SrI: SrImathE SatakOpAya nama: SrImathE rAmAnujAya nama: SrImath varavaramunayE nama:
SlOkam – Original
yasya nAhankruthO bhAvO budhdhir yasya na lipyathE |
hathvA’pi sa imAn lokAn nahanthi na nibadhyathE ||
yasya bhAva: – The thoughts of the one (on the doership)
na ahankrutha: – are not arising from the pride of “I am the doer”
yasya budhdhi: – the intellect of the one
na lipyathE – is free from the thoughts such as “the results of this action are mine”, “this action is mine”
sa: – he
imAn lOkAn hathvA api – even if he kills all the beings in this world (in a battle)
na hanthi – will not be considered as the killer;
na nibadhyathE – will not be bound in this samsAram (material realm) as a result of such killing.
The one whose thoughts are not arising from the pride of “I am the doer”, whose intellect is free from the thoughts such as “the results of this action are mine”, “this action is mine”, even if he kills all the beings in this world (in a battle), he will not be considered as the killer; he will not be bound in this samsAram (material realm) as a result of such killing.
Rendering based on ALkoNdavilli gOvindhAchArya swAmy’s English translation of gIthA bhAshyam
‘He who is exempt from ‘self-ness,’ whose mind
is not tainted, —even though he kill those beings, he kills not, nor is he fettered.’
Self-ness (=ahaṇkṛiti=ahaṇkāra) = Egoity = that function of the mind which attaches to one’s own self the notion of ‘I do the act’ (aham karomi) arising out of self-love. This idea is absent in him who is sufficiently enlightened to refer all agentship to Paramapurusha.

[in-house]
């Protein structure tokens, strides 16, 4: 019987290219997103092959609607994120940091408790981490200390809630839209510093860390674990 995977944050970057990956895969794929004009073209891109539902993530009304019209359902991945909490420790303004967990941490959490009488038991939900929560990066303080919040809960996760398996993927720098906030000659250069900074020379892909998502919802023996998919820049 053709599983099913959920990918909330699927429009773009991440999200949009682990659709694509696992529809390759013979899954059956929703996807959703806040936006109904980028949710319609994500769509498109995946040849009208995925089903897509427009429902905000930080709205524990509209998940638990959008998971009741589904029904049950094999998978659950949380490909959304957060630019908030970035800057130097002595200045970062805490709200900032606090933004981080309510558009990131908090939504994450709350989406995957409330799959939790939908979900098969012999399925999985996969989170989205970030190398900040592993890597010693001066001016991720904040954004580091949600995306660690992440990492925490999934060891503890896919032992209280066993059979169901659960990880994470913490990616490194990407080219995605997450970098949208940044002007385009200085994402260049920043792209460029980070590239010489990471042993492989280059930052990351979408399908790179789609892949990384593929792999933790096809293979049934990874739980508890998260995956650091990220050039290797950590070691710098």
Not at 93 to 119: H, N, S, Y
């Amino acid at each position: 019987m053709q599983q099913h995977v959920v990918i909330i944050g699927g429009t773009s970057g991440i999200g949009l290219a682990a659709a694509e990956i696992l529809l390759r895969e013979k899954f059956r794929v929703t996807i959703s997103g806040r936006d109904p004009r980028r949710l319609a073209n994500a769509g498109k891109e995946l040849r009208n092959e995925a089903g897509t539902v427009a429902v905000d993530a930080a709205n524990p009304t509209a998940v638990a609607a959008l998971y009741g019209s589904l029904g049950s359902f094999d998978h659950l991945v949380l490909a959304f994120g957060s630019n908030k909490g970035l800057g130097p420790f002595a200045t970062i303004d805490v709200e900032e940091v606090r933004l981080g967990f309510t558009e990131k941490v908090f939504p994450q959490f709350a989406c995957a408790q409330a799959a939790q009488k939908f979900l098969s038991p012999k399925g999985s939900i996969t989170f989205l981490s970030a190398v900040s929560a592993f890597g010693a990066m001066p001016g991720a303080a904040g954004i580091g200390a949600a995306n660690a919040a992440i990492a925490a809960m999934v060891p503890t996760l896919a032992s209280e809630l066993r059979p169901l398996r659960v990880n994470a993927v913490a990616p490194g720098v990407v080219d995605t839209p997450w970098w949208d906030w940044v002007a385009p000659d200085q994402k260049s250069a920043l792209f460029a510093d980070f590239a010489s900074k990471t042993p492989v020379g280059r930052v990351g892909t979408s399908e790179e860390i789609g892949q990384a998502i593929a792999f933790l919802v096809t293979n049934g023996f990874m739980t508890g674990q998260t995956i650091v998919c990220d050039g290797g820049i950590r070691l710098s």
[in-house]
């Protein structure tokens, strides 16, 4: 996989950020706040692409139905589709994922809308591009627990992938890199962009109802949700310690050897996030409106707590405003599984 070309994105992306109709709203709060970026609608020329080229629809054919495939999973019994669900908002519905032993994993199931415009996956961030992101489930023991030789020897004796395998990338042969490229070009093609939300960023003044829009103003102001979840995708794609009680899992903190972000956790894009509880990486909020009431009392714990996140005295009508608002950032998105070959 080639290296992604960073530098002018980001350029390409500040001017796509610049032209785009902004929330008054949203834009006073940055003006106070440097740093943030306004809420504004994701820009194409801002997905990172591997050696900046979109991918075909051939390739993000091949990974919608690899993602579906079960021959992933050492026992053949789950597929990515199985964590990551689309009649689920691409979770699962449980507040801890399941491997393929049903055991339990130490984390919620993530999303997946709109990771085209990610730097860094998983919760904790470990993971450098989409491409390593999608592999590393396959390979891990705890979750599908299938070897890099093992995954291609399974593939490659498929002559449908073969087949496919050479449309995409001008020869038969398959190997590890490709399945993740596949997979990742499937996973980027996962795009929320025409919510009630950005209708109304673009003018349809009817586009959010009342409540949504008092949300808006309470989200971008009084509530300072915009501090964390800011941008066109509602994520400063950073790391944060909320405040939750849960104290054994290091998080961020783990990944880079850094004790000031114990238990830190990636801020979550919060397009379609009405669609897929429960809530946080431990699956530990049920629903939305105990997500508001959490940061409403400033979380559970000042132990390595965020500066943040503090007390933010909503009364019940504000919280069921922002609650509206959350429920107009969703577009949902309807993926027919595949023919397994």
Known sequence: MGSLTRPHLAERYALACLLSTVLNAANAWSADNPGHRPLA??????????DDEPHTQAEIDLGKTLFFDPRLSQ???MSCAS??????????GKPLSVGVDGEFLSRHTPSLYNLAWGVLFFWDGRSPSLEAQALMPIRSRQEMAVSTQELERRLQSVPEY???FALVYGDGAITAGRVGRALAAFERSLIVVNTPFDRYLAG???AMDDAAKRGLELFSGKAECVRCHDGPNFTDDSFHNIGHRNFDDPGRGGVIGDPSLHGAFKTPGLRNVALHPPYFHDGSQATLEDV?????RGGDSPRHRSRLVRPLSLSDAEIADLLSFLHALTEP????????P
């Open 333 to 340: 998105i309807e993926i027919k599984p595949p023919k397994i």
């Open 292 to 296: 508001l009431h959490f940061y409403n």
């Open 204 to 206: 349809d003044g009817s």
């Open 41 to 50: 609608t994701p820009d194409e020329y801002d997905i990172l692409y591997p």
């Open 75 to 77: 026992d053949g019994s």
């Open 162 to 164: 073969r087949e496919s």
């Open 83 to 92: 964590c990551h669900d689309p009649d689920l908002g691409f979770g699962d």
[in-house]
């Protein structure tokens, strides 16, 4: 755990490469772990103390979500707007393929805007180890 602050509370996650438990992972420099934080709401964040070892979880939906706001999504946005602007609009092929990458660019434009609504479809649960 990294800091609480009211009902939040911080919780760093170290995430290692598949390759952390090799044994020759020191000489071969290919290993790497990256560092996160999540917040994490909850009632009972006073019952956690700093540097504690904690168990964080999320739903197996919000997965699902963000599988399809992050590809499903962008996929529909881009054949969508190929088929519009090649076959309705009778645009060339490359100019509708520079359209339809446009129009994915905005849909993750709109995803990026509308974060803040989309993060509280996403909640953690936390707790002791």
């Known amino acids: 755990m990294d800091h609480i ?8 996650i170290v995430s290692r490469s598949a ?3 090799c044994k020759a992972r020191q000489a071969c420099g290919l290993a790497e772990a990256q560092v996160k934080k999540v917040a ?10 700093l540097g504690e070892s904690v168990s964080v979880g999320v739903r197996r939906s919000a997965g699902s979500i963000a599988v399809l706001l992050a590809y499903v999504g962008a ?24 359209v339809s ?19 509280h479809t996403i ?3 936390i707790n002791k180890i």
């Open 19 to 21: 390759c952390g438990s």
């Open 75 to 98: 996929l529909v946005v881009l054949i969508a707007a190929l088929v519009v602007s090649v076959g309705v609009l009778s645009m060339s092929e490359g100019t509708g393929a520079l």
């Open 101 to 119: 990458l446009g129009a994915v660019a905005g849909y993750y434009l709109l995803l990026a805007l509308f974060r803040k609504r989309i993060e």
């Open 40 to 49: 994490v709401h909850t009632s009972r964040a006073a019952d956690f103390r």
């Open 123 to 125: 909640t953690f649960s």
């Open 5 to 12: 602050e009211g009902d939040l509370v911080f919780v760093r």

Whose mind is not tainted = ‘Since I am no (independent) agent, the fruit resulting from the act, does not concern me. The act itself is not mine.’ Whose enlightenment is of this sort, his mind is said to be untainted. The inference is that though he kill all these people (lokān) —i.e., not merely Bhīshma etc.,— in the conflict, he killeth not. Hence by the act called war, he is not fettered i.e., he does not commit himself in a manner so as to be a party to share in the good or the evil fruit consequent on such an act.
That this (higher) reflection of one’s not being (independently) actor, arises from the prevalence of Satva-guṇa, that Satvam is therefore worthy of acquisition (or culture), and that differences in acts result from the Guṇas, are now explained at length in order to demonstrate wherein inducement or incentive to act lies.
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